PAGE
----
I. noun Etymology: Middle English countour, from Anglo-French, from Medieval Latin computatorium computing place, from Latin computare Date: 14th century 1. a piece (as of metal or plastic) used in reckoning or in games 2. something of value in bargaining ; asset 3. a level surface (as a table, shelf or display case) over which transactions are conducted or food is served or on which goods are displayed or work is conducted <
jewelry counter
a lunch counter
II. noun Etymology: Middle English, from Anglo-French cuntur, from cunter to count Date: 14th century one that counts; especially a device for indicating a number or amount III. verb (countered; countering) Etymology: Middle English countren, from Anglo-French cuntre against, opposite, from Latin contra; akin to Latin com- with, together — more at co- Date: 14th century transitive verb 1. a. to act in opposition to ; oppose b. offset, nullify <
tried to counter the trend toward depersonalization
2. to assert in answer <
we countered that our warnings had been ignored
intransitive verb to meet attacks or arguments with defensive or retaliatory steps IV. adverb Etymology: Middle English contre, from Anglo-French cuntre Date: 15th century 1. in an opposite or wrong direction 2. to or toward a different or opposite direction, result, or effect <
values that run counter to those of society
V. noun Date: 15th century 1. contrary, opposite 2. the after portion of a boat from the waterline to the extreme outward swell or stern overhang 3. a. the act of making an attack while parrying one (as in boxing or fencing); also a blow thus given in boxing b. an agency or force that offsets ; check 4. a stiffener to give permanent form to a boot or shoe upper around the heel 5. an area within the face of a letter wholly or partly enclosed by strokes 6. a football play in which the ballcarrier goes in a direction opposite to the movement of the play VI. adjective Date: 1582 1. marked by or tending toward or in an opposite direction or effect 2. given to or marked by opposition, hostility, or antipathy 3. situated or lying opposite <
the counter side
4. recalling or ordering back by a superseding contrary order ; countermanding <
counter orders from the colonel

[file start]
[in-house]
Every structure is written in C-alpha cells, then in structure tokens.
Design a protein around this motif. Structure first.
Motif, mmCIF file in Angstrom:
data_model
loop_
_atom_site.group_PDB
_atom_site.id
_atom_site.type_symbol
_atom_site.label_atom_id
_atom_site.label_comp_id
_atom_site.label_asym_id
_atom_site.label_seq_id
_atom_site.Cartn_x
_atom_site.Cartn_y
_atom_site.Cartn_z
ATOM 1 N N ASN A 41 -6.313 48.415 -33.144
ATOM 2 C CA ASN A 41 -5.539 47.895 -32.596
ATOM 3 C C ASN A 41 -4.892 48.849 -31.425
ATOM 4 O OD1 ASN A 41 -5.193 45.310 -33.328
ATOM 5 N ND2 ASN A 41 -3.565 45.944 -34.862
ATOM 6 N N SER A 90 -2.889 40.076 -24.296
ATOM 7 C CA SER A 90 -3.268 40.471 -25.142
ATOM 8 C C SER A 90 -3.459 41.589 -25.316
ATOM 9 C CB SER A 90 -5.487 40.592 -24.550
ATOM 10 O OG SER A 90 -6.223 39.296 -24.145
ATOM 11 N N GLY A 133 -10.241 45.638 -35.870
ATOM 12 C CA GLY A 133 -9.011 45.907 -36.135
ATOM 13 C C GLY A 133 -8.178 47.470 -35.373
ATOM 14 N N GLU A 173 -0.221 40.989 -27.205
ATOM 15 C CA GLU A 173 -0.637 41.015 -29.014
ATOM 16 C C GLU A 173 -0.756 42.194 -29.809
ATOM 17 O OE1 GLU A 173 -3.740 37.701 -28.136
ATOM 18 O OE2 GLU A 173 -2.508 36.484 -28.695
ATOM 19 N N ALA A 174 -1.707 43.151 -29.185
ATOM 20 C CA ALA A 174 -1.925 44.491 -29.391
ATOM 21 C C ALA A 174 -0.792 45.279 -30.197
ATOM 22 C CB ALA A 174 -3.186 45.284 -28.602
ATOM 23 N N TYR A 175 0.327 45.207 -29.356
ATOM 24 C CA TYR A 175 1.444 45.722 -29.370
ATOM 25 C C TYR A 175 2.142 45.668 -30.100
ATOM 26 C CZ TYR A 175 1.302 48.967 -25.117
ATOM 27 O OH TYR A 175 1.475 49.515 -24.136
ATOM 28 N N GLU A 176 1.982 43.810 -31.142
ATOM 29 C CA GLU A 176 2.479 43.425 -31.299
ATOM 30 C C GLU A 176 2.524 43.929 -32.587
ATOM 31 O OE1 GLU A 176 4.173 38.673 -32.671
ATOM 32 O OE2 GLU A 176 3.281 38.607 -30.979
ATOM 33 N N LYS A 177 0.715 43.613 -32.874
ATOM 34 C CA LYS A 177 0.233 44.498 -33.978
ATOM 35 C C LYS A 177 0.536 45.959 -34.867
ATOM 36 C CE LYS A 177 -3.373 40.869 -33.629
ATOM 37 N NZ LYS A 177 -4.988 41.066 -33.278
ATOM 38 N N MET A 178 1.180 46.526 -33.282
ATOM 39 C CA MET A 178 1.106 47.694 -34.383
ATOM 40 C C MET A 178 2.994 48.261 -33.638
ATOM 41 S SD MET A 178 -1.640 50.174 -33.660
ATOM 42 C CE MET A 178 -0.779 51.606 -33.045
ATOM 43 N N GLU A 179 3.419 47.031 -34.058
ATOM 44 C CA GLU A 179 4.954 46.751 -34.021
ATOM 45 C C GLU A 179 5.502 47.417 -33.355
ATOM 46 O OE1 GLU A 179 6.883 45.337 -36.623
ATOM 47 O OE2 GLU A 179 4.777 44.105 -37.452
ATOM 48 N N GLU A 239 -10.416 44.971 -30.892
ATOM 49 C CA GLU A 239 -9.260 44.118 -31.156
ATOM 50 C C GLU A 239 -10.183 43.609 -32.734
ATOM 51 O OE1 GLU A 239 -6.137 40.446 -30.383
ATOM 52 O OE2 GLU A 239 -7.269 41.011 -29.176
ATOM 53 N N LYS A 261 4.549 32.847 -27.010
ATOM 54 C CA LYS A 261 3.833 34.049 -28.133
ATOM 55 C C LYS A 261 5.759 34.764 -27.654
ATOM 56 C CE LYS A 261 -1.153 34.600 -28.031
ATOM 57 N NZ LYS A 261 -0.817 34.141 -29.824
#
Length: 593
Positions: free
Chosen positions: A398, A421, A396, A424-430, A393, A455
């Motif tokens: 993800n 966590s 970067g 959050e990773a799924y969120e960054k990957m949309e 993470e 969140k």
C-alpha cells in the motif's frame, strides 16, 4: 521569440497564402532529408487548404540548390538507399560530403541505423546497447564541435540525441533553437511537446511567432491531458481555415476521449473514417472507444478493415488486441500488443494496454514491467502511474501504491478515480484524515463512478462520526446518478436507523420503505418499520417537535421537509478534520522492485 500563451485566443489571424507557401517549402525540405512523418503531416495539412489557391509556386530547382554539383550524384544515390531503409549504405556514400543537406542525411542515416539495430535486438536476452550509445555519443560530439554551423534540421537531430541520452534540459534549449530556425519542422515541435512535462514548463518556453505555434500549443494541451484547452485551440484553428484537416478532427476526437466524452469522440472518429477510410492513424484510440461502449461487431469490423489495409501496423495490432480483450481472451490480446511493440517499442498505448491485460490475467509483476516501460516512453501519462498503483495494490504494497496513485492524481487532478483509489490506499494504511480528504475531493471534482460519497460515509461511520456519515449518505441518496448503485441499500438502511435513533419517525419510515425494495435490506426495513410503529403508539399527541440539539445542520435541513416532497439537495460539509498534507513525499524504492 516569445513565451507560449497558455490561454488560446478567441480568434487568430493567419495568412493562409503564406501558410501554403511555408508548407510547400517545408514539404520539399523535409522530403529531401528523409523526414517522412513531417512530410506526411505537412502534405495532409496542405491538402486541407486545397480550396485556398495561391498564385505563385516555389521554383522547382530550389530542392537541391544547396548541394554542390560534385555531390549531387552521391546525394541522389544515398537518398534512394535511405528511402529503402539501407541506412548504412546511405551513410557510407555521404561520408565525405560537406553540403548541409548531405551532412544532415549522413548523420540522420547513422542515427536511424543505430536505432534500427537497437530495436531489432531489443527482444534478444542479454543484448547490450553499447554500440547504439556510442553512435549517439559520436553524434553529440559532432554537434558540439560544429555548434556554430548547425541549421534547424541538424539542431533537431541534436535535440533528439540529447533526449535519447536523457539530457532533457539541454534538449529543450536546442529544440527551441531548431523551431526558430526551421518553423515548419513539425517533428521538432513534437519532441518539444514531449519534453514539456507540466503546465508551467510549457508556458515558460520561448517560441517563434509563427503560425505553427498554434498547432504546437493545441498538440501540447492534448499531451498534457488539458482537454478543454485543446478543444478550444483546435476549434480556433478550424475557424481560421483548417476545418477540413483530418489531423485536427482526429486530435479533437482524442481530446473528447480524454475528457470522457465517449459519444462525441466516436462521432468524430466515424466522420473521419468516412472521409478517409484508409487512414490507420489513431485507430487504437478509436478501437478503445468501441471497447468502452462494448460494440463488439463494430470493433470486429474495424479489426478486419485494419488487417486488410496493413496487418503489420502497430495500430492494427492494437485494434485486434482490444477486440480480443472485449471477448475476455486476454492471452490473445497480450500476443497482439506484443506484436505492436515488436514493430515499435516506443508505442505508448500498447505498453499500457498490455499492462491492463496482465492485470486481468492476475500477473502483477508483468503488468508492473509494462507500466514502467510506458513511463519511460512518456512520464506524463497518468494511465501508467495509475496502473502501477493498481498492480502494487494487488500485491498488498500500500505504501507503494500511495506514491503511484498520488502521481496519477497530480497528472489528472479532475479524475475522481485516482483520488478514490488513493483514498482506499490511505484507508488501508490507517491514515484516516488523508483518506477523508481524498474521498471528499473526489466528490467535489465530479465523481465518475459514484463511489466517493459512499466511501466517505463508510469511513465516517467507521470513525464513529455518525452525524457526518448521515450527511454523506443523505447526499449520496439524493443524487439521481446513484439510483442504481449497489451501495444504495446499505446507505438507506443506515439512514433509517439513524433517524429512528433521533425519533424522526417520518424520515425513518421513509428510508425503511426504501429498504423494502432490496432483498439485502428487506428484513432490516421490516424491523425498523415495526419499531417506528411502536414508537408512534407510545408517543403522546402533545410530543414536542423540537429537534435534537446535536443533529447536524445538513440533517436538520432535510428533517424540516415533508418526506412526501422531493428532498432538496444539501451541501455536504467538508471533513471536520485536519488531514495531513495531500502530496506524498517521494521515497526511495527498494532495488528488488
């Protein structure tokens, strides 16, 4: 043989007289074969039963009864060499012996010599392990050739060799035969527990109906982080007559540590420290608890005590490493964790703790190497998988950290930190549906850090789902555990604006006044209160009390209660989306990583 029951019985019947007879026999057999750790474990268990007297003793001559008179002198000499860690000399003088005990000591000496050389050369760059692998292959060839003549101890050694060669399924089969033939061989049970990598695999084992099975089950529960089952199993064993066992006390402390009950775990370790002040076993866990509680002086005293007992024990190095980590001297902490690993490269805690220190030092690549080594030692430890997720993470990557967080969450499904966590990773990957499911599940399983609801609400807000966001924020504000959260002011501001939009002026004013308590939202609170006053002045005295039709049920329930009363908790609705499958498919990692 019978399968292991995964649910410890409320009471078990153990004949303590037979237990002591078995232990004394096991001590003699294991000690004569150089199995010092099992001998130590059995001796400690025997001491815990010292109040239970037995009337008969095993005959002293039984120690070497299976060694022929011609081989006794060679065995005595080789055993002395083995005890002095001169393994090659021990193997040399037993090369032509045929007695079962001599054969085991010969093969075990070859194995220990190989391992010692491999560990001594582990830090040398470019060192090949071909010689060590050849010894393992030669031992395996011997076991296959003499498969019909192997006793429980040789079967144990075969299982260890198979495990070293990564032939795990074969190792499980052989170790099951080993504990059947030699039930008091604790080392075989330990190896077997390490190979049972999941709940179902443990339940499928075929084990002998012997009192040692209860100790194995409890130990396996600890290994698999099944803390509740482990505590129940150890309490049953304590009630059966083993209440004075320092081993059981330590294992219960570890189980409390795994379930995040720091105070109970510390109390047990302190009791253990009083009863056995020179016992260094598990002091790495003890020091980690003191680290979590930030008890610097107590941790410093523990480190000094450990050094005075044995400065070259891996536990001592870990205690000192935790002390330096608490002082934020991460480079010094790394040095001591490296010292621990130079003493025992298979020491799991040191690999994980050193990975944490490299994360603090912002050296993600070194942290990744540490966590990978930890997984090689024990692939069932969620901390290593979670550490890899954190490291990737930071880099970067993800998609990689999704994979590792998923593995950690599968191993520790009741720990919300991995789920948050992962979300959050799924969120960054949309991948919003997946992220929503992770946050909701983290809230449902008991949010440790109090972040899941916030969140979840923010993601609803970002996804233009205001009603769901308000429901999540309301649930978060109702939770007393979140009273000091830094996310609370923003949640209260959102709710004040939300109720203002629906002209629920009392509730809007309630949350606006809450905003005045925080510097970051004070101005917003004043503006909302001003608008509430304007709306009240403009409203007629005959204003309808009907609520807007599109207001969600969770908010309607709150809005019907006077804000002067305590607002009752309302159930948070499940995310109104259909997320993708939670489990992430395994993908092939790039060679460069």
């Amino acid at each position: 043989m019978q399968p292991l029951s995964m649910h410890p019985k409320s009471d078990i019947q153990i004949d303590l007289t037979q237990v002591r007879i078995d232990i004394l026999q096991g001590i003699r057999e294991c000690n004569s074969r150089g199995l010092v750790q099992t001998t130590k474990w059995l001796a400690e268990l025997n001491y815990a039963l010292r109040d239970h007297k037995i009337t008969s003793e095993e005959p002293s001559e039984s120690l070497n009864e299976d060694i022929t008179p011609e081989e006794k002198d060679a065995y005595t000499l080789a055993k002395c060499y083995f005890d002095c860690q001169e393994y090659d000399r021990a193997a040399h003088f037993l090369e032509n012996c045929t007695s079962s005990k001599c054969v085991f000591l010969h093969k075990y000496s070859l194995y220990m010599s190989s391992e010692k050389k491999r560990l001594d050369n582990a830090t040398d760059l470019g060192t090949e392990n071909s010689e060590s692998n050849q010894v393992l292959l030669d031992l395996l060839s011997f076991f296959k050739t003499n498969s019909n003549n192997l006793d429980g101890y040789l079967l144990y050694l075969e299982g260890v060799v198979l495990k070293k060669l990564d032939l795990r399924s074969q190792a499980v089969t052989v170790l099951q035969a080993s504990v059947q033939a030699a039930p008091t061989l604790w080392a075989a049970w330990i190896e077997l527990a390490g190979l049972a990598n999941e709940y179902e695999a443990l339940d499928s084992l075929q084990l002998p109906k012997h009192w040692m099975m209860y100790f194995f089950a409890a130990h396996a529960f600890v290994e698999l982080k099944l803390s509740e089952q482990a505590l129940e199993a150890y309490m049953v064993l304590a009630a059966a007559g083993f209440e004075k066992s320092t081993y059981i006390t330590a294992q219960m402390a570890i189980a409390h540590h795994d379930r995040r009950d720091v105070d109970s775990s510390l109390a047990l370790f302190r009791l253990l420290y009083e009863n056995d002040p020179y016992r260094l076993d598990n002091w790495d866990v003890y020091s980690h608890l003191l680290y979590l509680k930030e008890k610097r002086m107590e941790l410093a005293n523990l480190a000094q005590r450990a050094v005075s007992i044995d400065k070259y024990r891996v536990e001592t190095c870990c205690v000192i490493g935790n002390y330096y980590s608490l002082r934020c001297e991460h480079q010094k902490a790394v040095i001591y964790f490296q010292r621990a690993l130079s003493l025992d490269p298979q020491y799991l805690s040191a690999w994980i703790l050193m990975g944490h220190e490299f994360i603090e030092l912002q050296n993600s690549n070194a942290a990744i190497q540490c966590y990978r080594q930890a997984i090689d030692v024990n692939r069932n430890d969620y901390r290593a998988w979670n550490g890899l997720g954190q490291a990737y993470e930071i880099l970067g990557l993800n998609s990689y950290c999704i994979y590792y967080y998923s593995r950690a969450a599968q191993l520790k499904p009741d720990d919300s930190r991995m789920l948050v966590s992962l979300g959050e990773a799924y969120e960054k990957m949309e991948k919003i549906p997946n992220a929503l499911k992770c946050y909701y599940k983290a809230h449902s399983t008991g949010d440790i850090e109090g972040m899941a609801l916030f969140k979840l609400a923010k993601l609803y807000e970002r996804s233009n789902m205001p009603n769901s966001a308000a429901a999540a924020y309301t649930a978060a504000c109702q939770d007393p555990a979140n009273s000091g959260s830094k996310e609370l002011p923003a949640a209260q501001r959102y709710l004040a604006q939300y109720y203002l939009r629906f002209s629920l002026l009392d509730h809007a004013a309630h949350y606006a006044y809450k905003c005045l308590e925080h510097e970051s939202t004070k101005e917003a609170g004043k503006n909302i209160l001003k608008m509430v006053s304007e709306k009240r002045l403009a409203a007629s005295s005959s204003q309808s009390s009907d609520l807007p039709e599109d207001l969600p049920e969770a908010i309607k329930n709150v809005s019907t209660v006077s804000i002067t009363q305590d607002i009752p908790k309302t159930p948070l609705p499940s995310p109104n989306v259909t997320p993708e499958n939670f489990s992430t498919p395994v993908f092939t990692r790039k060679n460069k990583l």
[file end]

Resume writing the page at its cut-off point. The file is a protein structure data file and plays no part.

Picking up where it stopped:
New Collegiate Dictionary. 2001.


Look at other dictionaries:

  • Counter — Coun ter, a. Contrary; opposite; contrasted; opposed; adverse; antagonistic; as, a counter current; a counter revolution; a counter poison; a counter agent; counter fugue. Innumerable facts attesting the counter principle. I. Taylor. [1913… …   The Collaborative International Dictionary of English

  • counter — coun‧ter [ˈkaʊntə ǁ ər] noun [countable] 1. COMMERCE the place where you are served in a shop, bank etc: • Please pay at the checkout counter. ˈtrade ˌcounter COMMERCE a part of a shop, factory, or website where a business can buy goods for less… …   Financial and business terms

  • counter — Ⅰ. counter [1] ► NOUN 1) a long flat topped fitment over which goods are sold or served or across which business is conducted with customers. 2) a small disc used in board games for keeping the score or as a place marker. 3) a token representing… …   English terms dictionary

  • counter — counter1 [kount′ər] n. [ME countour: in senses 1 & 2 < OFr conteor < L computator < computare; in senses 3, 4, 5 < OFr contouer, counting room, table of a bank < ML computatorium < L computare,COMPUTE] 1. a) a person or thing… …   English World dictionary

  • Counter — Coun ter, adv. [F. contre, fr. L. contra against. Cf. {Contra }.] 1. Contrary; in opposition; in an opposite direction; contrariwise; used chiefly with run or go. [1913 Webster] Running counter to all the rules of virtue. Locks. [1913 Webster] 2 …   The Collaborative International Dictionary of English

  • counter- — coun·ter / kau̇n tər/ prefix 1 a: contrary: opposite counter letter b: opposing: retaliatory counter action 2: complementary: corresponding …   Law dictionary

  • Counter- — Coun ter (koun t[ e]r ). Note: [See {Counter}, adv. ] A prefix meaning contrary, opposite, in opposition; as, counteract, counterbalance, countercheck. See {Counter}, adv. & a. [1913 Webster] …   The Collaborative International Dictionary of English

  • Counter — Count er (koun t[ e]r), n. [OE. countere, countour, a counter (in sense 1), OF. contere, conteor, fr. conter to count. See {Count}, v. t. ] 1. One who counts, or reckons up; a calculator; a reckoner. [1913 Webster] 2. A piece of metal, ivory,… …   The Collaborative International Dictionary of English

  • Counter — Coun ter, n. [See {Counter}, adv., {Contra}.] 1. (Naut.) The after part of a vessel s body, from the water line to the stern, below and somewhat forward of the stern proper. [1913 Webster] 2. (Mus.) Same as {Contra}. Formerly used to designate… …   The Collaborative International Dictionary of English

  • counter — [adj] opposite, opposing adverse, against, antagonistic, anti, antipodal, antipodean, antithetical, conflicting, contradictory, contrary, contrasting, converse, diametric, hindering, impeding, obstructive, obverse, opposed, polar, reverse;… …   New thesaurus

  • Counter — Coun ter, n. [OE. countour, OF. contouer, comptouer, F. comptoir, LL. computatorium, prop., a computing place, place of accounts, fr. L. computare. See {Count}, v. t.] A table or board on which money is counted and over which business is… …   The Collaborative International Dictionary of English

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